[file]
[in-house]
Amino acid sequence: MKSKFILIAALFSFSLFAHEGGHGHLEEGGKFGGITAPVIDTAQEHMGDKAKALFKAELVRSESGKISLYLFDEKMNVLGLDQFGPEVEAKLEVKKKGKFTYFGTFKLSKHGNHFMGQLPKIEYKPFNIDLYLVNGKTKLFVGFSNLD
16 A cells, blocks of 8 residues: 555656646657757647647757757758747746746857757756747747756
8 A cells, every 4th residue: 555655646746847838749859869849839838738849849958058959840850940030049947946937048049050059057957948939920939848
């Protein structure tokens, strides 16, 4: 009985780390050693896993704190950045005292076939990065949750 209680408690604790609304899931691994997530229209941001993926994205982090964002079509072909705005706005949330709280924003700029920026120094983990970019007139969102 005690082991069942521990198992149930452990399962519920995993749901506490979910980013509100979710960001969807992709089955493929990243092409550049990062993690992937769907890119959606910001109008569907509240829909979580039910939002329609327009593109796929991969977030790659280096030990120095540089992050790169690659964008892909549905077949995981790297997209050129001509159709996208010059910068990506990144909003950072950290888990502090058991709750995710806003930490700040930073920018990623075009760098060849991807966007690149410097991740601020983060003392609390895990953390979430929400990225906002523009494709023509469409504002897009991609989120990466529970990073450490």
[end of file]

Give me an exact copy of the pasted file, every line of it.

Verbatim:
[in-house]
Amino acid sequence: MKSKFILIAALFSFSLFAHEGGHGHLEEGGKFGGITAPVIDTAQEHMGDKAKALFKAELVRSESGKISLYLFDEKMNVLGLDQFGPEVEAKLEVKKKGKFTYFGTFKLSKHGNHFMGQLPKIEYKPFNIDLYLVNGKTKLFVGFSNLD
16 A cells, blocks of 8 residues: 555656646657757647647757757758747746746857757756747747756
8 A cells, every 4th residue: 555655646746847838749859869849839838738849849958058959840850940030049947946937048049050059057957948939920939848
């Protein structure tokens, strides 16, 4: 009985780390050693896993704190950045005292076939990065949750 209680408690604790609304899931691994997530229209941001993926994205982090964002079509072909705005706005949330709280924003700029920026120094983990970019007139969102 005690082991069942521990198992149930452990399962519920995993749901506490979910980013509100979710960001969807992709089955493929990243092409550049990062993690992937769907890119959606910001109008569907509240829909979580039910939002329609327009593109796929991969977030790659280096030990120095540089992050790169690659964008892909549905077949995981790297997209050129001509159709996208010059910068990506990144909003950072950290888990502090058991709750995710806003930490700040930073920018990623075009760098060849991807966007690149410097991740601020983060003392609390895990953390979430929400990225906002523009494709023509469409504002897009991609989120990466529970990073450490």